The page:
Nuakhai Juhar Festival is an agricultural festival celebrated in Western Odisha and Southern Chhattisgarh. It is a Sambalpuri festival celebrated primarily by tribal people. The word ‘Nuakhai’ can be translated into ‘Nua’ (i.e., new) and ‘Khai’ (i.e., eating).
It is observed on Panchami tithi (the fifth day) in the lunar fortnight of Bhadrapada or Bhaadra (August-September). In other words, it is the day right after Ganesh Chaturthi. The exact time at which it is celebrated is called ‘lagan.’
This article will provide information about one of the festivals celebrated in India – Nuakhai Juhar Festival in the context of the IAS Exam.
Overview of Nuakhai Juhar Festival
- Nuakhai Juhar Festival is a festival where the new harvest is worshipped.
- People come together and offer the first rice of the harvest to their deities before consuming it with their families. This newly harvested rice is referred to as ‘Nabanha.’
- Nuakhai is believed to have nine colours.
- As such, nine sets of rituals are conducted before the main celebration.
- These nine colours represent different aspects, including cleanliness, invitation, searching for the new harvest, gifting, etc.
- Nuakhai also represents a new beginning for many.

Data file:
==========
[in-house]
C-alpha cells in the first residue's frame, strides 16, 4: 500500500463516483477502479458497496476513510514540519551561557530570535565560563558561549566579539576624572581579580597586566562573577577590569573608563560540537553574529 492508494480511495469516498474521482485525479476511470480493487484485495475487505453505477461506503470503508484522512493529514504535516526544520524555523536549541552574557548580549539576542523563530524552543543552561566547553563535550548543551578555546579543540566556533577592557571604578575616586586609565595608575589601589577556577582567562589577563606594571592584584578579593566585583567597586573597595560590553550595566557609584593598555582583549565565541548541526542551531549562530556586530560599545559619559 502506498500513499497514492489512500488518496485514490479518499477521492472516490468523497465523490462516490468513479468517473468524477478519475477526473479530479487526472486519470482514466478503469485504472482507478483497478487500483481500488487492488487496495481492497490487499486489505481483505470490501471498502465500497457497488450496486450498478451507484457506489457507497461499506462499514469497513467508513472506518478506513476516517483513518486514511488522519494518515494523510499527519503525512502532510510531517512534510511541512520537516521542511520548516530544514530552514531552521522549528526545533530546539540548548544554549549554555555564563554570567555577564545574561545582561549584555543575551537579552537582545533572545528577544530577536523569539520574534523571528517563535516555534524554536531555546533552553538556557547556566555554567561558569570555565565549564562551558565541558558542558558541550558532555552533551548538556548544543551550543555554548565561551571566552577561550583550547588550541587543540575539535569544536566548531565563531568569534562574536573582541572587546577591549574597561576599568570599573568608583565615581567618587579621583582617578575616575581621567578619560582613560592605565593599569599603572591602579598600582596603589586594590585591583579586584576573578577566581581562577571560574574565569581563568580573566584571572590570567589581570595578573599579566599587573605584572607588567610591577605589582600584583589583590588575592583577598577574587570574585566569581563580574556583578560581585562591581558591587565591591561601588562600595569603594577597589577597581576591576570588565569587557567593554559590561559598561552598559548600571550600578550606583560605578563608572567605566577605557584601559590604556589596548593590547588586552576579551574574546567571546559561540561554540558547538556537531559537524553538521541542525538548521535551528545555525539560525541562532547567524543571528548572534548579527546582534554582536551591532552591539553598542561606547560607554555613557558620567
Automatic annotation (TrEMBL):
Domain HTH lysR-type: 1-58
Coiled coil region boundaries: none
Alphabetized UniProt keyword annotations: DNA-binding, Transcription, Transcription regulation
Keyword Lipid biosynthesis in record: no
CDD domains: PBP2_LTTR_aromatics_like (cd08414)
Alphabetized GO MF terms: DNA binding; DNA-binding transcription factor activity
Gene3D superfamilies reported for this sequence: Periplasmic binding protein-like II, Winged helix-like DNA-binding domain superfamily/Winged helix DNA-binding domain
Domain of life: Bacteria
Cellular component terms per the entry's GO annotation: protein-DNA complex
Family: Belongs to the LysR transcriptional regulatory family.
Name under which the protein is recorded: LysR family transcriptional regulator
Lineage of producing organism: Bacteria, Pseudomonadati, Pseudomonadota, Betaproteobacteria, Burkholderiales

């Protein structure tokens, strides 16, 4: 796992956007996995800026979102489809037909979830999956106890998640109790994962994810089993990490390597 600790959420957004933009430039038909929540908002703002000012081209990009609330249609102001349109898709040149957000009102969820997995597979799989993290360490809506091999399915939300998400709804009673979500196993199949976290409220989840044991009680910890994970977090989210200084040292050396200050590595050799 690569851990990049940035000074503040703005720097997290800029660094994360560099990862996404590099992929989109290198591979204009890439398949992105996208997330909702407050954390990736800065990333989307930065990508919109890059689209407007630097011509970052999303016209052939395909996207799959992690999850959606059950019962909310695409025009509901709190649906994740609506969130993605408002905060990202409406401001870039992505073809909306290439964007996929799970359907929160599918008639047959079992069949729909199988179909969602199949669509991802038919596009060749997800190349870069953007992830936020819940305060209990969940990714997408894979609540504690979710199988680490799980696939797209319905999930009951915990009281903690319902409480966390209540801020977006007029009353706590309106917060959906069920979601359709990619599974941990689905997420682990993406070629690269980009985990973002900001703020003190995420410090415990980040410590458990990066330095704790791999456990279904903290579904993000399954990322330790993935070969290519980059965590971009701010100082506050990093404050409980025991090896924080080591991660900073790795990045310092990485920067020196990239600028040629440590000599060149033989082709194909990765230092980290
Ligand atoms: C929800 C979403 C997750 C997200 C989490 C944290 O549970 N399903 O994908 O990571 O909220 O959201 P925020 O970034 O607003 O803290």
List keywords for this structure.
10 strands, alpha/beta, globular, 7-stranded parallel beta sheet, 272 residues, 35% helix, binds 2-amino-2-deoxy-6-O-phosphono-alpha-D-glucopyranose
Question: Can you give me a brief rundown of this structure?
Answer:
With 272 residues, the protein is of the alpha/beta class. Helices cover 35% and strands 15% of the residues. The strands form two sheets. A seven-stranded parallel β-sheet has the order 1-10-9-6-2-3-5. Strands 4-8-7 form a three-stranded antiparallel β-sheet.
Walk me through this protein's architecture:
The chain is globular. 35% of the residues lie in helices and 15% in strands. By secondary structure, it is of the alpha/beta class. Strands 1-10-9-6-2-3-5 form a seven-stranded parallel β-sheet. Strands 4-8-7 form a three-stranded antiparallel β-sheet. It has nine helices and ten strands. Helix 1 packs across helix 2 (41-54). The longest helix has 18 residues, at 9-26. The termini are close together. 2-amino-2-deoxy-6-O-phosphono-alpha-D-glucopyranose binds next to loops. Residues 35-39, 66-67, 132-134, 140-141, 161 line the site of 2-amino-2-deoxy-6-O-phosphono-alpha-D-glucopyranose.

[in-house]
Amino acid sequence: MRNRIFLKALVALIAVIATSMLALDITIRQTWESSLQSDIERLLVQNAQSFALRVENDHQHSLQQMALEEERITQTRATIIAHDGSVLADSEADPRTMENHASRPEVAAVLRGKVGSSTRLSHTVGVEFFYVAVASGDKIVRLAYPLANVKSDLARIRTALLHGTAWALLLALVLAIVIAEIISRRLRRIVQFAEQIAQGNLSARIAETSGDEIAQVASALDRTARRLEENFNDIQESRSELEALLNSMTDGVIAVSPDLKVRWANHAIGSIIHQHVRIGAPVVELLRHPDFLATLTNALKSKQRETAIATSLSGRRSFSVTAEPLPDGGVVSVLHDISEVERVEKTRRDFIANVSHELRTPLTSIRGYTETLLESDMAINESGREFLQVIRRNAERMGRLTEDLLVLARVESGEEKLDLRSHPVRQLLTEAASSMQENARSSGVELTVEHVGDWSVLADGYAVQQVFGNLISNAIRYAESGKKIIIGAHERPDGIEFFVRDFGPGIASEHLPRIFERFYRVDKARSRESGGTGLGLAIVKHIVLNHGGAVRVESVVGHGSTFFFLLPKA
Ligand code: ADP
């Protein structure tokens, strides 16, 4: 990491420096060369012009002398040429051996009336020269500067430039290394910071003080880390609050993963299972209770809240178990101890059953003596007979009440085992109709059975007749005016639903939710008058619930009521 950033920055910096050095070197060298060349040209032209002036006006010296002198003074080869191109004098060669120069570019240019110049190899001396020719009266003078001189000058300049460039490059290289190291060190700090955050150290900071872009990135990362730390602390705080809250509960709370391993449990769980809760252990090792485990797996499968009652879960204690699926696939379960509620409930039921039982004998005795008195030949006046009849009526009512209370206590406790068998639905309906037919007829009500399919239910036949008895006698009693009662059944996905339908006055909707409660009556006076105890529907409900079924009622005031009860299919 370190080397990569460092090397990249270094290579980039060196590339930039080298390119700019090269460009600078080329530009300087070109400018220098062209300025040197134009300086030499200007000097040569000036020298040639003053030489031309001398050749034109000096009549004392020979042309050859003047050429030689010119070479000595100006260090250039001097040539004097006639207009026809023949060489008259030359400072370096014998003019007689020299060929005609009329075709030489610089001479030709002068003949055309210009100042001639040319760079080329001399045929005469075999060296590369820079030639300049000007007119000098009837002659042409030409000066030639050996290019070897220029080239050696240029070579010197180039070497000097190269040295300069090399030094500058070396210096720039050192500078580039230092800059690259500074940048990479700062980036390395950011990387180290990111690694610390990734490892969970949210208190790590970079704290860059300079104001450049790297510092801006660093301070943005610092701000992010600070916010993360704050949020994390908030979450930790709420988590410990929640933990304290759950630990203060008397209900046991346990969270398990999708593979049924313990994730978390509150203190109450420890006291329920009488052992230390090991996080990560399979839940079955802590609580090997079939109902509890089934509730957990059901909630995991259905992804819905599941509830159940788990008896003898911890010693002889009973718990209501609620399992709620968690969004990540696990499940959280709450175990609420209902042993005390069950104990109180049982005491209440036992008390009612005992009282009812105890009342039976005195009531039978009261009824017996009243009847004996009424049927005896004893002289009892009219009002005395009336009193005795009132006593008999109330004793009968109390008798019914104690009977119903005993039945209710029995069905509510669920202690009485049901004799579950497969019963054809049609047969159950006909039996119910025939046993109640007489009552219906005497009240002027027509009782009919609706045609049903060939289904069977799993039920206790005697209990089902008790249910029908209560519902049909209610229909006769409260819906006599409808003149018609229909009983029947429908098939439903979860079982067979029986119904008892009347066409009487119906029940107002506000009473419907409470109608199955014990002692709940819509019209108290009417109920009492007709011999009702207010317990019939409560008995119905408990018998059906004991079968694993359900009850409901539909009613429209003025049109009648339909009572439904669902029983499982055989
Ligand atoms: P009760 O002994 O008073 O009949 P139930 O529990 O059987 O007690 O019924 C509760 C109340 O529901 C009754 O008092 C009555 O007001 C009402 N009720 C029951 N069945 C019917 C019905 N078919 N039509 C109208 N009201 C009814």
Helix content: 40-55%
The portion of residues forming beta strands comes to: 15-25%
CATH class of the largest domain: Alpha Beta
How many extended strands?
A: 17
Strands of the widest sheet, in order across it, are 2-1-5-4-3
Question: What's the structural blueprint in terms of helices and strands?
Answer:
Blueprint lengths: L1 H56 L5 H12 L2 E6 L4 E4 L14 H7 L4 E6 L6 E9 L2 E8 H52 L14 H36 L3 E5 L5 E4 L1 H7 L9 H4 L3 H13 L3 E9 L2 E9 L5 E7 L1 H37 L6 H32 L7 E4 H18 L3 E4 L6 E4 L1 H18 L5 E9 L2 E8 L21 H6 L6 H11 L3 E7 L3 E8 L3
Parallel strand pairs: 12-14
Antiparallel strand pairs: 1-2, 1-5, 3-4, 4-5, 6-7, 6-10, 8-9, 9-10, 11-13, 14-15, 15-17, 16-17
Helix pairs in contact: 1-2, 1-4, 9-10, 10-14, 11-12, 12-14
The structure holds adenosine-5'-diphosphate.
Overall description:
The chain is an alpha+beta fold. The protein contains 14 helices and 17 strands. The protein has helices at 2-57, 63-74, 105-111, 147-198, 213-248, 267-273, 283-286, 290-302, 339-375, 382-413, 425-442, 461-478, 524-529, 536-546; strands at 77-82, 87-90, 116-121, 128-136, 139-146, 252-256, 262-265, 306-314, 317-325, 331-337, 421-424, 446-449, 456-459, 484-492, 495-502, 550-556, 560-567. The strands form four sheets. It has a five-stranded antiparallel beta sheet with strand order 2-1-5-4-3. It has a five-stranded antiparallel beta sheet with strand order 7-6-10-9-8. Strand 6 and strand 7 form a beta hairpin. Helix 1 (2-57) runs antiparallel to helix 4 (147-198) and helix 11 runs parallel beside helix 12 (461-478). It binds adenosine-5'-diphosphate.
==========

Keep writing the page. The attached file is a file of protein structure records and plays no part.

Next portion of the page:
- It is time to leave behind your grievances and start anew. Gifts are shared amongst loved ones, and blessings are sought from the elders.
- The festival ends with people putting on many dances, dramas, and folk songs expressing their tradition and culture. All have fun and merriment.
In 2020, despite the pandemic raging in India, the lockdown was temporarily lifted during the Nuakhai Juhar Festival. This allowed the people of Odisha to happily worship their harvest and their deities and proceed with the festivities as they always do. It is likely to remain the same in 2023 as well.
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Origin of Nuakhai Juhar Festival
- The Nuakhai Juhar Festival is an important festival to those living in Western Odisha, and by extension, an important festival to India.
- Nuakhai Juhar Festival is one of the oldest festivals in India. Its origins can be traced back to the 12th century AD.
- Back then, this festival was celebrated by the people of Bolangir District, Odisha. Chauvan Raja Ramai Deo is credited for its celebration here.
- Some trace its origins even further back and to the Vedic period in Panchyajna.
- A festival celebrated during the Vedic period, Pralambana Yajna, involved chopping down crops and offering them to the Goddess Samaleswari, the Mother Goddess of the Sambalpur District of Odisha.
- Whatever the case may be, Nuakhai Juhar Festival is undoubtedly an old and revered festival of India. India, as a country, prides itself on the values of bonds, family, unity, and social cohesion. Nuakhai Juhar Festival beautifully represents these very values.
Frequently Asked Questions about Nuakhai Juhar Festival
1. What is the Nuakhai Juhar Festival?
The Nuakhai Juhar Festival is an agricultural festival celebrated in Western Odisha. It is observed on Panchami tithi (the fifth day) in the lunar fortnight of Bhadrapada or Bhaadra (August-September). This is the day right after Ganesh Chaturthi.
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